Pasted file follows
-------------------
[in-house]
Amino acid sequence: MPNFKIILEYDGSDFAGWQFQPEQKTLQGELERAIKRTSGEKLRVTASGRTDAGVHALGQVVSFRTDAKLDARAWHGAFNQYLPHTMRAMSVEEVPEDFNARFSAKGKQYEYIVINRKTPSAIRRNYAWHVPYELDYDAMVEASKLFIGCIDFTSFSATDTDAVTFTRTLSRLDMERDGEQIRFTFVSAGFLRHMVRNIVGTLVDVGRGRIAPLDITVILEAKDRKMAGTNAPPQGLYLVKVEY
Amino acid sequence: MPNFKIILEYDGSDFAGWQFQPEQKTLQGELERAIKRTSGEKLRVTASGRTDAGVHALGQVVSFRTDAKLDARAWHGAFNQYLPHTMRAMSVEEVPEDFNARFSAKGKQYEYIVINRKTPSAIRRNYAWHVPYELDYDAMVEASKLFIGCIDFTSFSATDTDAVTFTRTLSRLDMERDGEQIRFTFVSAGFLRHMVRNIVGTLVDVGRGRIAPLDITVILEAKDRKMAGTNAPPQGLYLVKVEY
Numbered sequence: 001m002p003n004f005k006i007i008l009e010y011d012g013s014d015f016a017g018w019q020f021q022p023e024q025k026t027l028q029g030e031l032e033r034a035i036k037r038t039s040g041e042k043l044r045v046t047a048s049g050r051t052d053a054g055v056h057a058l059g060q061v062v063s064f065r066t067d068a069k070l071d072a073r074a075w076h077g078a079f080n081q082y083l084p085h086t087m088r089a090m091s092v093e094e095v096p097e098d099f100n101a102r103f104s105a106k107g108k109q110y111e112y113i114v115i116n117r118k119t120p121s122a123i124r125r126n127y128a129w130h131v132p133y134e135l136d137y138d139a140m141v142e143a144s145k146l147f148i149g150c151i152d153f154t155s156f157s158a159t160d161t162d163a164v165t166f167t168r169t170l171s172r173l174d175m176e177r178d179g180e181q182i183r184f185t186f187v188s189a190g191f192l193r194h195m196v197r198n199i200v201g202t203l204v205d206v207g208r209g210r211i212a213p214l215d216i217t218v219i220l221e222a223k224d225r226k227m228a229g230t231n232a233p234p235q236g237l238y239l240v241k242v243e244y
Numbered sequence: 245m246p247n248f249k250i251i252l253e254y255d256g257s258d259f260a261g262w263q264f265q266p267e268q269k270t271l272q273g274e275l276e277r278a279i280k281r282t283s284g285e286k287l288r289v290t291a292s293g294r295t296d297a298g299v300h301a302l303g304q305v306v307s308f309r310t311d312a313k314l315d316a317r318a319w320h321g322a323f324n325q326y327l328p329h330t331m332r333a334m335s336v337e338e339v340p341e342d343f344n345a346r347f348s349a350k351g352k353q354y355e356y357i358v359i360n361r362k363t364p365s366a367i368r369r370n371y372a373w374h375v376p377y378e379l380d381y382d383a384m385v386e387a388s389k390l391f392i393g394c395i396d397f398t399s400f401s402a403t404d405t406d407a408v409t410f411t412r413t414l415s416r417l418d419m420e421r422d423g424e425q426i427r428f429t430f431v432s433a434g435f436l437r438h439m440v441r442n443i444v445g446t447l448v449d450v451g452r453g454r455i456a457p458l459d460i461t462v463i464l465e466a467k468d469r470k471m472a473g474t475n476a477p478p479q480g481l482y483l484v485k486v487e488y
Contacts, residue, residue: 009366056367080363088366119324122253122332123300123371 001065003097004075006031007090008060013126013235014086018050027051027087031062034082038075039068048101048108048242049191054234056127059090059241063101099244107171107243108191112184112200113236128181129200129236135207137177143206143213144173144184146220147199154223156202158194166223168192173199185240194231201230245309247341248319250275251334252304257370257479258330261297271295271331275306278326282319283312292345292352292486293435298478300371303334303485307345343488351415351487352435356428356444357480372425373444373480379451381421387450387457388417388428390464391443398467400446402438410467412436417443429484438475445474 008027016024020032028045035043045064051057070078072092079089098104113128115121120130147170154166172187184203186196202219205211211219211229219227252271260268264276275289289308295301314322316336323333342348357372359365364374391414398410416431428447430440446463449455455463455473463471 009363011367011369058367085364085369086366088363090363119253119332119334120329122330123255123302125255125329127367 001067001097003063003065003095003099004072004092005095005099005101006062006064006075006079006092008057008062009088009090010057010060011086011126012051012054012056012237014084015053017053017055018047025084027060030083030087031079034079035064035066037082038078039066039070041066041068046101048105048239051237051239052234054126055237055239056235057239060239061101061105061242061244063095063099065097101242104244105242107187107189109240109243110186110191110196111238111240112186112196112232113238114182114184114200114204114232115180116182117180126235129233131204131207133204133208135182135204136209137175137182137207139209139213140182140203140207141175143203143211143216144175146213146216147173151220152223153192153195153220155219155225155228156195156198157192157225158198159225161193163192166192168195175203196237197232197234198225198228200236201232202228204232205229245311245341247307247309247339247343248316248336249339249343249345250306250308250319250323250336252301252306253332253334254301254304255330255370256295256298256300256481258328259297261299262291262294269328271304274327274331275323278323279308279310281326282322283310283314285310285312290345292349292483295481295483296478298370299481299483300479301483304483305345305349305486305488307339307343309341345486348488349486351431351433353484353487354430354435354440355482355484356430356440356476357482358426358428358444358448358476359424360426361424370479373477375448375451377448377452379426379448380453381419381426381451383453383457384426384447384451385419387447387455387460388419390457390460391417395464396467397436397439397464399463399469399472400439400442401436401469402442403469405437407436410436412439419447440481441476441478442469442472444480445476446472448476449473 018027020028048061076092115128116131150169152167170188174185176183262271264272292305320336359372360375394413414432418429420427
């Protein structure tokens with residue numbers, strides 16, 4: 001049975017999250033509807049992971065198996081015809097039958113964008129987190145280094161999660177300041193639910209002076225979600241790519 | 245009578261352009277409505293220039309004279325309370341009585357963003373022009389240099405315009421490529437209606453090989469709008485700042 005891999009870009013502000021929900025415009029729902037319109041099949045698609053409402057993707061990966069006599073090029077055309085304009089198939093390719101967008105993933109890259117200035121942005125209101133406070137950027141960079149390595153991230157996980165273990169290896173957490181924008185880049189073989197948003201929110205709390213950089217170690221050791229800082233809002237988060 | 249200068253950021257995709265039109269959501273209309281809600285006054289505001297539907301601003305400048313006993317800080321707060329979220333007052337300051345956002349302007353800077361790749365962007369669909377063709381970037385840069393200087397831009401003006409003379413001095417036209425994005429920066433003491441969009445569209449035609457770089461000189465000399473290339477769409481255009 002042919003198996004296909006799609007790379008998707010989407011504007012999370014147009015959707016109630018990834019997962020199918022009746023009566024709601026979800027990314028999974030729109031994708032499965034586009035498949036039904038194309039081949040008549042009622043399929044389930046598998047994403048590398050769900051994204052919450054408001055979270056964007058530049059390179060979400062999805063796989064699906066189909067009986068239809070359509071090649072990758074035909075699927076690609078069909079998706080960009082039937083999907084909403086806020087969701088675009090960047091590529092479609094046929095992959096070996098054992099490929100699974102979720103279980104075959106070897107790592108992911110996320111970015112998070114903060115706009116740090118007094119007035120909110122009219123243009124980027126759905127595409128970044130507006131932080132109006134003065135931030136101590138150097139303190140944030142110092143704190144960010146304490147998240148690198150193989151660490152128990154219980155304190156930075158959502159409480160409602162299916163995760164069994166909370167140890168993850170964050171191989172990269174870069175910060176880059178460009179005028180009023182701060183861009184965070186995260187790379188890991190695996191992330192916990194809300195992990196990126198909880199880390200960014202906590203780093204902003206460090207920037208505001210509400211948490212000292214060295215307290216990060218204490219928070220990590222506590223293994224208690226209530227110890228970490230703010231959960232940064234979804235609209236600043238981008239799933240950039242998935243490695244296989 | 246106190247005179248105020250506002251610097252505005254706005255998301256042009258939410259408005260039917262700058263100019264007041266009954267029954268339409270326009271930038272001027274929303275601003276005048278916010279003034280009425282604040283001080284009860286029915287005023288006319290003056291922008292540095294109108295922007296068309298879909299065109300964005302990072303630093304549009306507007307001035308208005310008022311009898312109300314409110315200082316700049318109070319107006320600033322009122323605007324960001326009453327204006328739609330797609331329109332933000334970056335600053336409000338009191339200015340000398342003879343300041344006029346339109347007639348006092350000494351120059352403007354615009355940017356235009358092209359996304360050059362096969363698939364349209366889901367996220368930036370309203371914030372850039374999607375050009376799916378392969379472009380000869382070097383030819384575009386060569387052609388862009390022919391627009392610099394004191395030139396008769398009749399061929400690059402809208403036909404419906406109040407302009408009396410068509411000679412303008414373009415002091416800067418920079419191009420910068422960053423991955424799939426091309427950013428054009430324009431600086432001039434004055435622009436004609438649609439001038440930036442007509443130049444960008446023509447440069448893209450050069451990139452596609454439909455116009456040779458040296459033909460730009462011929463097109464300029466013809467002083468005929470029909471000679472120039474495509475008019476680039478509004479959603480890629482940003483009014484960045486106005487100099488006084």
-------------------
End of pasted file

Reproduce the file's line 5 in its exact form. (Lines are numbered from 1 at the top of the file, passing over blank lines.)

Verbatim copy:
Numbered sequence: 245m246p247n248f249k250i251i252l253e254y255d256g257s258d259f260a261g262w263q264f265q266p267e268q269k270t271l272q273g274e275l276e277r278a279i280k281r282t283s284g285e286k287l288r289v290t291a292s293g294r295t296d297a298g299v300h301a302l303g304q305v306v307s308f309r310t311d312a313k314l315d316a317r318a319w320h321g322a323f324n325q326y327l328p329h330t331m332r333a334m335s336v337e338e339v340p341e342d343f344n345a346r347f348s349a350k351g352k353q354y355e356y357i358v359i360n361r362k363t364p365s366a367i368r369r370n371y372a373w374h375v376p377y378e379l380d381y382d383a384m385v386e387a388s389k390l391f392i393g394c395i396d397f398t399s400f401s402a403t404d405t406d407a408v409t410f411t412r413t414l415s416r417l418d419m420e421r422d423g424e425q426i427r428f429t430f431v432s433a434g435f436l437r438h439m440v441r442n443i444v445g446t447l448v449d450v451g452r453g454r455i456a457p458l459d460i461t462v463i464l465e466a467k468d469r470k471m472a473g474t475n476a477p478p479q480g481l482y483l484v485k486v487e488y